Goode Family Loans Artwork for Year-long Display at President's House

April 01, 2016

Quick Facts

bullet point On display over the next year at the President's House will be works by eight alumni, two faculty members and Goode's own works.
bullet point First Lady Laura Mahony said she has sought to make the President's House a place that reflects the university's spirit.
bullet point Visitors to the President's House — alumni, supporters and friends — will be able to view the artwork on the first floor.

/uploadedImages/news/Articles/Sneeze_McCauley1.jpgArtwork by Frank McCauleyROCK HILL, SOUTH CAROLINA — Winthrop University's first family celebrates the vision of Rock Hill artist Harriet Goode by displaying her and husband Martin's private collection at the Winthrop President's House for the next year.

On display are works by eight alumni, two faculty members and Goode's own works.

First Lady Laura Mahony said she has sought to make the President's House a place that reflects the university's spirit. "As art expresses sentiments, ideas and emotions, and often on a very deep and intimate level, having art from alumni and faculty in the house is an evocative reflection of this university," she wrote about the display.

Visitors to the President's House — alumni, supporters and friends — will be able to view the artwork on the first floor.

Martin and Harriet Goode have purchased student pieces — paintings, etchings, pottery and sculpture — for the past 20 years at Winthrop art exhibitions, at auctions and through other venues. Harriet Goode also has taken art classes at Winthrop. She shared about her family's collection: "Our accumulation of art is varied in medium and subject matter because we believe a collection doesn't have to be dedicated to a theme, period or style in order to be valid. Our only criterion is that we love it and want to own it."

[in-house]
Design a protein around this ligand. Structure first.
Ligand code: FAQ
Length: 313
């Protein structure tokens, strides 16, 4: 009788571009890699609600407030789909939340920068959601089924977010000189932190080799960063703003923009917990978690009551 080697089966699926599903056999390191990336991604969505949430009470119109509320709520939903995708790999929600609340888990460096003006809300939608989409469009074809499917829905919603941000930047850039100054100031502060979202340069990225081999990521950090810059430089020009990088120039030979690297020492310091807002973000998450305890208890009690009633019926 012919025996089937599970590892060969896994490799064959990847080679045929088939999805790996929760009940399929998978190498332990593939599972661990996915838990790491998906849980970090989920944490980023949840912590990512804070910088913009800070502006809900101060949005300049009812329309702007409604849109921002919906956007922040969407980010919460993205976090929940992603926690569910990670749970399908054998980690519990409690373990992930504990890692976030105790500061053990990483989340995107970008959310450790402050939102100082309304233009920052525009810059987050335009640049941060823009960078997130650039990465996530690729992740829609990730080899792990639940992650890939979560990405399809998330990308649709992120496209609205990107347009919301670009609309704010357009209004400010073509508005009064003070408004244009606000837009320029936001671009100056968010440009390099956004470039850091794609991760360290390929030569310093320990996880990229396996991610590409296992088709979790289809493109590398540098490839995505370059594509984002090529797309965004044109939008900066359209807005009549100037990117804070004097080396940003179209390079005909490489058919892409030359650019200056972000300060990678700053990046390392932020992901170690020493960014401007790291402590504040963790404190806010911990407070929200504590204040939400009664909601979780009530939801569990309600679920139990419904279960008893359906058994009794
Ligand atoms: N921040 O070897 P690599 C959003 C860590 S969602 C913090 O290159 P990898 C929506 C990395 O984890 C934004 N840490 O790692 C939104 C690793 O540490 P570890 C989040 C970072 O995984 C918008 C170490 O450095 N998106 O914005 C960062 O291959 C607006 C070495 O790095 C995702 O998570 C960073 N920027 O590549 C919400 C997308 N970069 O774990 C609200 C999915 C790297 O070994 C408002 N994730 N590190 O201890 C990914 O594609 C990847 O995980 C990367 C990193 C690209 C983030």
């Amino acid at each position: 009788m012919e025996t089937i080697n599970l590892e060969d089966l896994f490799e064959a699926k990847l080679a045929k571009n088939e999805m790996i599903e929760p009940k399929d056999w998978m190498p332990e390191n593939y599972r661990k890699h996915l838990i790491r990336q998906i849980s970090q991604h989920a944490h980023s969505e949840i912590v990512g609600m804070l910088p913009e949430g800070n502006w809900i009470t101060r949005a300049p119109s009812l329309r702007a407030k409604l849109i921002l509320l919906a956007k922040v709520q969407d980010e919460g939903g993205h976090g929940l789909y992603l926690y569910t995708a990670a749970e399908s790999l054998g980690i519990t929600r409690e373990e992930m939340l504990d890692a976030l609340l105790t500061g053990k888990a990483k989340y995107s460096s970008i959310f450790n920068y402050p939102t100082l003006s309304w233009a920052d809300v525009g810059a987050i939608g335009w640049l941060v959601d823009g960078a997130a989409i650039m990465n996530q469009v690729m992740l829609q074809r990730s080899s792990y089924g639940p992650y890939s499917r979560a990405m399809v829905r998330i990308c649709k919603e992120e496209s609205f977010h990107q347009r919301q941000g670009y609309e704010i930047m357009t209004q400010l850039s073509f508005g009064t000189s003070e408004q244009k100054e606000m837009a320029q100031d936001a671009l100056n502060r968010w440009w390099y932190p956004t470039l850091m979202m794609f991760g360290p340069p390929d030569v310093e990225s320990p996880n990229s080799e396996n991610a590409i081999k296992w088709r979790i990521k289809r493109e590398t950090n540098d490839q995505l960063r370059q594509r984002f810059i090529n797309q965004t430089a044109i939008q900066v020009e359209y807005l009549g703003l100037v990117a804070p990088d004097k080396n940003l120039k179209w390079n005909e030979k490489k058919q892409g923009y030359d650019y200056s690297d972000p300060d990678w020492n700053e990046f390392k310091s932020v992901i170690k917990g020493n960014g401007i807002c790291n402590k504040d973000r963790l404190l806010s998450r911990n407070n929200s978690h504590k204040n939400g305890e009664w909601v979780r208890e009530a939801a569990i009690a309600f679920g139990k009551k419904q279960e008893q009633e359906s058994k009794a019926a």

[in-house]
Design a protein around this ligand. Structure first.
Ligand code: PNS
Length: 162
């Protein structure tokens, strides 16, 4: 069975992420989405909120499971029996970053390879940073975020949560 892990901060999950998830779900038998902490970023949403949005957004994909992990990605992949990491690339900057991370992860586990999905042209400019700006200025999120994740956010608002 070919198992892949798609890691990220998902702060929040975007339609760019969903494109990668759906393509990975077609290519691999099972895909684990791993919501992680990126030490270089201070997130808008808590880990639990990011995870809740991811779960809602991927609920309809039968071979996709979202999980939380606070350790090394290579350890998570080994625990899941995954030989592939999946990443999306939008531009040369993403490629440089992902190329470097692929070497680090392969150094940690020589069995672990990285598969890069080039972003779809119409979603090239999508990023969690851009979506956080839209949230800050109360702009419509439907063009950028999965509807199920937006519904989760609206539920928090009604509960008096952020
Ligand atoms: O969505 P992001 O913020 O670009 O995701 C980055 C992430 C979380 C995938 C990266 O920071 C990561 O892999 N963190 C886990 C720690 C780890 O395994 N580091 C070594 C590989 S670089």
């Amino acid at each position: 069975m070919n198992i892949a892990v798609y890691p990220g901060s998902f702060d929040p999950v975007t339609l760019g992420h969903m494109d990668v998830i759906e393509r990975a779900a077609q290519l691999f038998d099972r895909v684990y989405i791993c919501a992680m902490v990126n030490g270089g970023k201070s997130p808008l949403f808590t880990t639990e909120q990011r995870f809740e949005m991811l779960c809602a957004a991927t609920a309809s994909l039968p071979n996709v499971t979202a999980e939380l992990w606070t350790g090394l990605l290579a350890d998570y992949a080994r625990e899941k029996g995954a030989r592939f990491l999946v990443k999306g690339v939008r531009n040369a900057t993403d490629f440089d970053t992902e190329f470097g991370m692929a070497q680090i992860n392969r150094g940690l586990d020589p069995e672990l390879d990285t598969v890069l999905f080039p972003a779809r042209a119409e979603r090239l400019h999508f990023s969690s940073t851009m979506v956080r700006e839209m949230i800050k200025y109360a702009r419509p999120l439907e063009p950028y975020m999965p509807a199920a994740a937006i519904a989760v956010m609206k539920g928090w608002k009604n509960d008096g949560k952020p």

She and her husband said they are honored that President and Mrs. Mahony have selected a few pieces of their Winthrop collection to show in the historic Winthrop President's House. The pieces will be moved in the house beginning in early April. A private reception will be held on April 8 to honor the Goodes and the artists.

The exhibition has works by the following artists:

Daniel Baker '05 — His paintings have been used as cover art for the rock group Revenge Piñata. Baker most recently worked as a costume assistant for the locally shot box office drama "The Blunderer."

David Freeman — He served Winthrop for 38 years beginning in 1970 in roles that included gallery director through the late 1980s and as a distinguished professor of painting and drawing until his retirement in 2008. He passed away in 2013. Freeman's work is in several collections in the United States and has been exhibited throughout the Southeast and internationally in Cortona, Italy.

Harriet Goode — The Rock Hill native exhibits annually in national and regional juried competitions and displays work in solo and group shows in commercial and institutional galleries. Goode's work has garnered awards from Converse College, Winthrop and the Museum of York County.

Stephanie Kiseil '05 — She is currently living in Rotorua, New Zealand, where she recently designed and built her own home using sustainable building practices. Most recently, Kiseil has been leading workshops for local school children to create public art pieces that engage the community.